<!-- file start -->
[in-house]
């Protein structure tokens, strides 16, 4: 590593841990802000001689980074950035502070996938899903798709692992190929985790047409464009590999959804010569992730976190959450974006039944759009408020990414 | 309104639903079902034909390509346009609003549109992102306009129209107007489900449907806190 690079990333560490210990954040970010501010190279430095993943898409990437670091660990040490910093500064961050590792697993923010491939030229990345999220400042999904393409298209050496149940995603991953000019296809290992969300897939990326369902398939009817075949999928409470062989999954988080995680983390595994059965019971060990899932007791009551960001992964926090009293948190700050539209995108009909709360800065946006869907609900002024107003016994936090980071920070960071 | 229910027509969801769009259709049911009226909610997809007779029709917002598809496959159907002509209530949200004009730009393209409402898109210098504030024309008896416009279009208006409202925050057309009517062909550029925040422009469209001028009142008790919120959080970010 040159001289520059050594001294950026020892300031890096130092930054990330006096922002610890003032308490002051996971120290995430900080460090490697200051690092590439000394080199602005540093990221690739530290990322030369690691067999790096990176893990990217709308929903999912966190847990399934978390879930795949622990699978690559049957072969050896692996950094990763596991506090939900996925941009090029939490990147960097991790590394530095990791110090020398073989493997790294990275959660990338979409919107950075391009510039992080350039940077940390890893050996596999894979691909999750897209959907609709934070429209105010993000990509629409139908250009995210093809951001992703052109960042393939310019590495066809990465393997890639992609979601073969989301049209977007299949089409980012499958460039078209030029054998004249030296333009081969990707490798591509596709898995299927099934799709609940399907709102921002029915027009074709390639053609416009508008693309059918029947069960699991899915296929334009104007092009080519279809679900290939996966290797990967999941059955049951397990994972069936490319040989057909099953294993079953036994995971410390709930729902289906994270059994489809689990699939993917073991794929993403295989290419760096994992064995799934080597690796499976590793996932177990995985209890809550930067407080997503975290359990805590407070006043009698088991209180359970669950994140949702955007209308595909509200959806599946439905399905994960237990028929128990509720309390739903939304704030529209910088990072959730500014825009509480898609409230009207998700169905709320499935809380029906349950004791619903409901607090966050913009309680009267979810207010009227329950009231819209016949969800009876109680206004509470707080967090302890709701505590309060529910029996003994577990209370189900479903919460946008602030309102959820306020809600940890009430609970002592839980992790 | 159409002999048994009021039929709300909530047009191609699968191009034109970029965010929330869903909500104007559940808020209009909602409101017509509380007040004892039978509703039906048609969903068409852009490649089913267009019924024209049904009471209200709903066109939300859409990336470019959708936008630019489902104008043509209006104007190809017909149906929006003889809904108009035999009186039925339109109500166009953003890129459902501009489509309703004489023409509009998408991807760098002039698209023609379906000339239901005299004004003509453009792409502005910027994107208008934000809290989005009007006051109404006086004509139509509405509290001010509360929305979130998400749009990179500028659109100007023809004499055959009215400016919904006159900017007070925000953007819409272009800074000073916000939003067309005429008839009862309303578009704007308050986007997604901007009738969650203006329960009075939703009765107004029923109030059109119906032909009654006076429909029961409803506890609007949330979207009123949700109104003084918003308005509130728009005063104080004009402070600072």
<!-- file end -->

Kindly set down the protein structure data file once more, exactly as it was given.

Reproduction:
[in-house]
């Protein structure tokens, strides 16, 4: 590593841990802000001689980074950035502070996938899903798709692992190929985790047409464009590999959804010569992730976190959450974006039944759009408020990414 | 309104639903079902034909390509346009609003549109992102306009129209107007489900449907806190 690079990333560490210990954040970010501010190279430095993943898409990437670091660990040490910093500064961050590792697993923010491939030229990345999220400042999904393409298209050496149940995603991953000019296809290992969300897939990326369902398939009817075949999928409470062989999954988080995680983390595994059965019971060990899932007791009551960001992964926090009293948190700050539209995108009909709360800065946006869907609900002024107003016994936090980071920070960071 | 229910027509969801769009259709049911009226909610997809007779029709917002598809496959159907002509209530949200004009730009393209409402898109210098504030024309008896416009279009208006409202925050057309009517062909550029925040422009469209001028009142008790919120959080970010 040159001289520059050594001294950026020892300031890096130092930054990330006096922002610890003032308490002051996971120290995430900080460090490697200051690092590439000394080199602005540093990221690739530290990322030369690691067999790096990176893990990217709308929903999912966190847990399934978390879930795949622990699978690559049957072969050896692996950094990763596991506090939900996925941009090029939490990147960097991790590394530095990791110090020398073989493997790294990275959660990338979409919107950075391009510039992080350039940077940390890893050996596999894979691909999750897209959907609709934070429209105010993000990509629409139908250009995210093809951001992703052109960042393939310019590495066809990465393997890639992609979601073969989301049209977007299949089409980012499958460039078209030029054998004249030296333009081969990707490798591509596709898995299927099934799709609940399907709102921002029915027009074709390639053609416009508008693309059918029947069960699991899915296929334009104007092009080519279809679900290939996966290797990967999941059955049951397990994972069936490319040989057909099953294993079953036994995971410390709930729902289906994270059994489809689990699939993917073991794929993403295989290419760096994992064995799934080597690796499976590793996932177990995985209890809550930067407080997503975290359990805590407070006043009698088991209180359970669950994140949702955007209308595909509200959806599946439905399905994960237990028929128990509720309390739903939304704030529209910088990072959730500014825009509480898609409230009207998700169905709320499935809380029906349950004791619903409901607090966050913009309680009267979810207010009227329950009231819209016949969800009876109680206004509470707080967090302890709701505590309060529910029996003994577990209370189900479903919460946008602030309102959820306020809600940890009430609970002592839980992790 | 159409002999048994009021039929709300909530047009191609699968191009034109970029965010929330869903909500104007559940808020209009909602409101017509509380007040004892039978509703039906048609969903068409852009490649089913267009019924024209049904009471209200709903066109939300859409990336470019959708936008630019489902104008043509209006104007190809017909149906929006003889809904108009035999009186039925339109109500166009953003890129459902501009489509309703004489023409509009998408991807760098002039698209023609379906000339239901005299004004003509453009792409502005910027994107208008934000809290989005009007006051109404006086004509139509509405509290001010509360929305979130998400749009990179500028659109100007023809004499055959009215400016919904006159900017007070925000953007819409272009800074000073916000939003067309005429008839009862309303578009704007308050986007997604901007009738969650203006329960009075939703009765107004029923109030059109119906032909009654006076429909029961409803506890609007949330979207009123949700109104003084918003308005509130728009005063104080004009402070600072």